12 Humbling Quotes on Ego from Ego is the Enemy
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Introduction: Why is the ego the enemy?
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The ego is the sense we have of our self-esteem and our self-worth. When it comes to moving forward in life, Ryan Holiday, author of Ego is the Enemy argues that both in success and in failure, ego only gets in the way and holds us back. The time we spend in our own heads comparing ourselves to others and measuring our esteem is time that is distracted from the real work we could be doing—the work of producing our art and cultivating our life’s task.
In success, the ego expands and can lead us away from the humble and determined mindset(s) that got us to our successes in the first place. Too many successes in a row and we start to see the ego move from unsure to confidence to cockiness and bad habits can start to form including less time spent in preparation and an increased lack in desire to learn and/or practice. Keeping our ego in check in success keeps us focused on the same processes that got us to those victories in the first place and ensures we humbly keep working towards our goals.
In failure, we see the ego deflate and magnify every mistake—sometimes in completely blown out of proportion ways. By removing our ego from failure situations, we can quickly start to see the learning opportunities in such moments and start to focus our energy on growing rather than shrinking. A great example of an ego question vs a growth question would be, “Why am I such a failure?” vs. “What good can come from this mistake?” This one simple trick is an incredibly powerful mind hack that can help you start getting through failures, quicker, as you journey forward.
By focusing on the process and the actions we can take at every step along the way, both in success and in failure, and by removing our ego from the equation, we can magnify our effectiveness in producing results. Below you’ll find 12 quotes on ego from Ego is the Enemy by Ryan Holiday that will keep you humbly on track towards accomplishing your life goals. Take special note of any thoughts that make you nod your head or cause you to think a little deeper. Those are the thoughts that will help you change your path and help you take your next step forward. Good luck!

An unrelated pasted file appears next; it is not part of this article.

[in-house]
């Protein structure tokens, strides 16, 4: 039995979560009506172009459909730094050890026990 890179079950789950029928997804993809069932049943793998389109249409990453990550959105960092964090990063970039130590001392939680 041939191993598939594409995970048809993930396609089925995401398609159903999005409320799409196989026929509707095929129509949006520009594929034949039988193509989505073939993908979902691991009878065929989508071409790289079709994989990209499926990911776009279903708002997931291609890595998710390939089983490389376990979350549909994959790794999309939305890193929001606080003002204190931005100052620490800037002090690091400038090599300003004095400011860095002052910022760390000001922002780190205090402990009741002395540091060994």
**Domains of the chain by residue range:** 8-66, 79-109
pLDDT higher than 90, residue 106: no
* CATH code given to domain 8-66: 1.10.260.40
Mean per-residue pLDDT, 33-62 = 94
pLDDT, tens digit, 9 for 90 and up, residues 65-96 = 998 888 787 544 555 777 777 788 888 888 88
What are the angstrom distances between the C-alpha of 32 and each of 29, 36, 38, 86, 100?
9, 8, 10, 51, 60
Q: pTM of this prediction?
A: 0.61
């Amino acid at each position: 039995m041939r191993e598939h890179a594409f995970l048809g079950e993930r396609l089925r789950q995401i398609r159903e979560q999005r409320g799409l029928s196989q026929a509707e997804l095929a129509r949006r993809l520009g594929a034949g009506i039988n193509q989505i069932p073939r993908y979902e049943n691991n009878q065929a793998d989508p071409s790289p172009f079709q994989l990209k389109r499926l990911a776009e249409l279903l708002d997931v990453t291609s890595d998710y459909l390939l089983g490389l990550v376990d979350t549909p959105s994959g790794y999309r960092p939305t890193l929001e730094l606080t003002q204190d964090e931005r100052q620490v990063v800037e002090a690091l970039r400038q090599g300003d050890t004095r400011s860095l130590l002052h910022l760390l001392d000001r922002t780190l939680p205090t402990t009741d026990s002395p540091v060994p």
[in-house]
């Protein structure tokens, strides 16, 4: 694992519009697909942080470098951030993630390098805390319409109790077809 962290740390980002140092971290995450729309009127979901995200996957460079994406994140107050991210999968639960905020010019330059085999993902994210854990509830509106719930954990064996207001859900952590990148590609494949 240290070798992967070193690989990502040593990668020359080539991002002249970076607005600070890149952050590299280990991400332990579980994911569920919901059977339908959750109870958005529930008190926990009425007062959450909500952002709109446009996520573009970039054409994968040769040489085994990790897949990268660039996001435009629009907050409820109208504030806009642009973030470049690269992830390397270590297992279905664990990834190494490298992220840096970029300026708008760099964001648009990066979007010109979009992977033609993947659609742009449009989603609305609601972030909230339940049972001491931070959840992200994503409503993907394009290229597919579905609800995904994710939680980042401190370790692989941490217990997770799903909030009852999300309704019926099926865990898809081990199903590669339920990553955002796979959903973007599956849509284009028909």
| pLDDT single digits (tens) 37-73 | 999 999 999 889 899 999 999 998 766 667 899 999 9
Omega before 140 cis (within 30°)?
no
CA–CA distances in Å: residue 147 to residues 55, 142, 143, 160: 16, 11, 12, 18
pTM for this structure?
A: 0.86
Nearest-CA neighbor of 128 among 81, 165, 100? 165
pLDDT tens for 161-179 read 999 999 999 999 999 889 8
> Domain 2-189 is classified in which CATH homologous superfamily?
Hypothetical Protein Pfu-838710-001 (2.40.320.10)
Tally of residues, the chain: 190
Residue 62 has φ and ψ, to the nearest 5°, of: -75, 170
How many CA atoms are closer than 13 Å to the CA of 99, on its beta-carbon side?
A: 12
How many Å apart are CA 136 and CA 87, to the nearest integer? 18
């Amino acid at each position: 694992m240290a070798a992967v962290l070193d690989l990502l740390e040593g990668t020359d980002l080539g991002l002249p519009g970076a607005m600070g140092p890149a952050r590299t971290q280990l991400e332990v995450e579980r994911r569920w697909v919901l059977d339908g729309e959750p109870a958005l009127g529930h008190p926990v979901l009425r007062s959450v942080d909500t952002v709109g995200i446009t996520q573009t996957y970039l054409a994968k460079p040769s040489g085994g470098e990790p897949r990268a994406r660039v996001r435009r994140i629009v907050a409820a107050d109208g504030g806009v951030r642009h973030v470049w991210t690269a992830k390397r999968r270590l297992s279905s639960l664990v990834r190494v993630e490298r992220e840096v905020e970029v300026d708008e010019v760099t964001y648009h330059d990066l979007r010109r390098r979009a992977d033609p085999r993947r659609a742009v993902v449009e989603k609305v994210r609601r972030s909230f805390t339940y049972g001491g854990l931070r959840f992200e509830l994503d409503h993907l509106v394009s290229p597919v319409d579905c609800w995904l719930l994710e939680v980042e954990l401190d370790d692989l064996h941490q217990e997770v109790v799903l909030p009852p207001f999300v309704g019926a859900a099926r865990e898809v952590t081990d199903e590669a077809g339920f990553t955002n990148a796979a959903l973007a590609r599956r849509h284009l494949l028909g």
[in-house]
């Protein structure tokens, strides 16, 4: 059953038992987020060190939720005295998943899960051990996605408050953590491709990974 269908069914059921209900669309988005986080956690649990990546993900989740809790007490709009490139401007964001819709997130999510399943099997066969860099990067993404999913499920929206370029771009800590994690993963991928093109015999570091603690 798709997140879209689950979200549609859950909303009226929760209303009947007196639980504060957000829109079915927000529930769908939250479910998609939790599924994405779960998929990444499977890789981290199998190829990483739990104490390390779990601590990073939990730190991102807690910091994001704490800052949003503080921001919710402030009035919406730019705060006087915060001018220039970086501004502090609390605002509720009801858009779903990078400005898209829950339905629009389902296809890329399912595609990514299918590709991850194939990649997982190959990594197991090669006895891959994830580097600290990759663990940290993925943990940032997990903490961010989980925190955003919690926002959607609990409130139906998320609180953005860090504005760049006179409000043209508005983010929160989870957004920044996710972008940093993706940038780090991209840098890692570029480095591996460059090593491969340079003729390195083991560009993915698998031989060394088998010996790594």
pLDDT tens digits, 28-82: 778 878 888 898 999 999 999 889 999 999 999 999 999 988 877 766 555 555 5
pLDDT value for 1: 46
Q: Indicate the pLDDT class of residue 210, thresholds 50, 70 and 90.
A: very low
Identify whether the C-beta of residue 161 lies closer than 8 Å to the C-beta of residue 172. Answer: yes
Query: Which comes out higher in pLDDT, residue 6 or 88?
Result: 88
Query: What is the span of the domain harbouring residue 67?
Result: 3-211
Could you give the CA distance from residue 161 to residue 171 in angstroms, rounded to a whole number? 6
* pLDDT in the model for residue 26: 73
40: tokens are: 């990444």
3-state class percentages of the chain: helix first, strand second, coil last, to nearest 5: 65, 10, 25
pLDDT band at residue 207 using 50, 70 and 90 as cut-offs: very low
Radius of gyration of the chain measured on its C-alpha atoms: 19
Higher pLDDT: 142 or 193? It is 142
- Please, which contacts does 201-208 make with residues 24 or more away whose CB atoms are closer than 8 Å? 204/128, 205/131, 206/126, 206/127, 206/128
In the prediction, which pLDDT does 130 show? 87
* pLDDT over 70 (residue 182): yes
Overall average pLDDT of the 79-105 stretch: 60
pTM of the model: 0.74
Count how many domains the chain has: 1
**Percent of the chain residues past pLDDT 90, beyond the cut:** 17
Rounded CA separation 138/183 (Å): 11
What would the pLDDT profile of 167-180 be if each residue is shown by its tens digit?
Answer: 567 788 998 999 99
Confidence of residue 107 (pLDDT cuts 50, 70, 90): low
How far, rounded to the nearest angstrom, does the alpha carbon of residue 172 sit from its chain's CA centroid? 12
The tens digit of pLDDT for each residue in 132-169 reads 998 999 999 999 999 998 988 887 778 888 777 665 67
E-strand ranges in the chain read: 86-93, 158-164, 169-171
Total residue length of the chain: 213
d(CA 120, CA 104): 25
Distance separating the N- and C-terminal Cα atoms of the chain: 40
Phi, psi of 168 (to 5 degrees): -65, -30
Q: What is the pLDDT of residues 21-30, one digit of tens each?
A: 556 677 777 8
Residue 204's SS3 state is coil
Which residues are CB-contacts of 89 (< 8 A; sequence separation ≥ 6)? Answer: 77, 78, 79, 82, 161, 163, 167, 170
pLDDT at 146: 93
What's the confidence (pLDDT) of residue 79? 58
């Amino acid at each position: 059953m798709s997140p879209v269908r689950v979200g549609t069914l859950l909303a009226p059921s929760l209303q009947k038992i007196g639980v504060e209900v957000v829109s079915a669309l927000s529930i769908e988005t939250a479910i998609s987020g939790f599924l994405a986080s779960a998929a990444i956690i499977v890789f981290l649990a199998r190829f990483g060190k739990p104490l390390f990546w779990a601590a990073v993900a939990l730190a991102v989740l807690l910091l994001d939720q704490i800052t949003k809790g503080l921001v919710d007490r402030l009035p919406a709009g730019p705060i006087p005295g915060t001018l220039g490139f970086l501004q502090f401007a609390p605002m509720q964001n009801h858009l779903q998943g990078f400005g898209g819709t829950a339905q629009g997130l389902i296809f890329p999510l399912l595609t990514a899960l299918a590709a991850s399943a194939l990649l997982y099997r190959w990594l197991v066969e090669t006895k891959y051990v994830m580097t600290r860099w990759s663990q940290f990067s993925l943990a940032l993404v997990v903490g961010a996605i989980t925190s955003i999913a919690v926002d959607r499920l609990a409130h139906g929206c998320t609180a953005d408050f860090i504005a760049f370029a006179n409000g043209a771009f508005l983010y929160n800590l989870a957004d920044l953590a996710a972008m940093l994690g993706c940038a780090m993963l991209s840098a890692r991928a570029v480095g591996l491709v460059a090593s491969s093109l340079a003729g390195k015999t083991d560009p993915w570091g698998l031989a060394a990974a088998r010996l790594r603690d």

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The List: 12 Quotes on Ego from Ego is the Enemy
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“Greatness comes from humble beginnings; it comes from grunt work. It means you’re the least important person in the room – until you change that with results.”
“Do you know how you can tell when someone is truly humble? I believe there’s one simple test: because they consistently observe and listen, the humble improve. They don’t assume, ‘I know the way.’”
“Today, books are cheaper than ever. Courses are free. Access to teachers is no longer a barrier – technology has done away with that. There is no excuse for not getting your education, and because the information we have before us is so vast, there is no excuse for ever ending that process either.”
“Christians believe that pride is a sin because it is a lie – it convinces people that they are better than they are, that they are better than God made them. Pride leads to arrogance and then away from humility and connection with their fellow man. You don’t have to be Christian to see the wisdom in this. You need only to care about your career to understand that pride – even in real accomplishments – is a distraction and a deluder.”
“You can’t learn if you think you already know. You will not find the answers if you’re too conceited and self-assured to ask the questions. You cannot get better if you’re convinced you are the best.”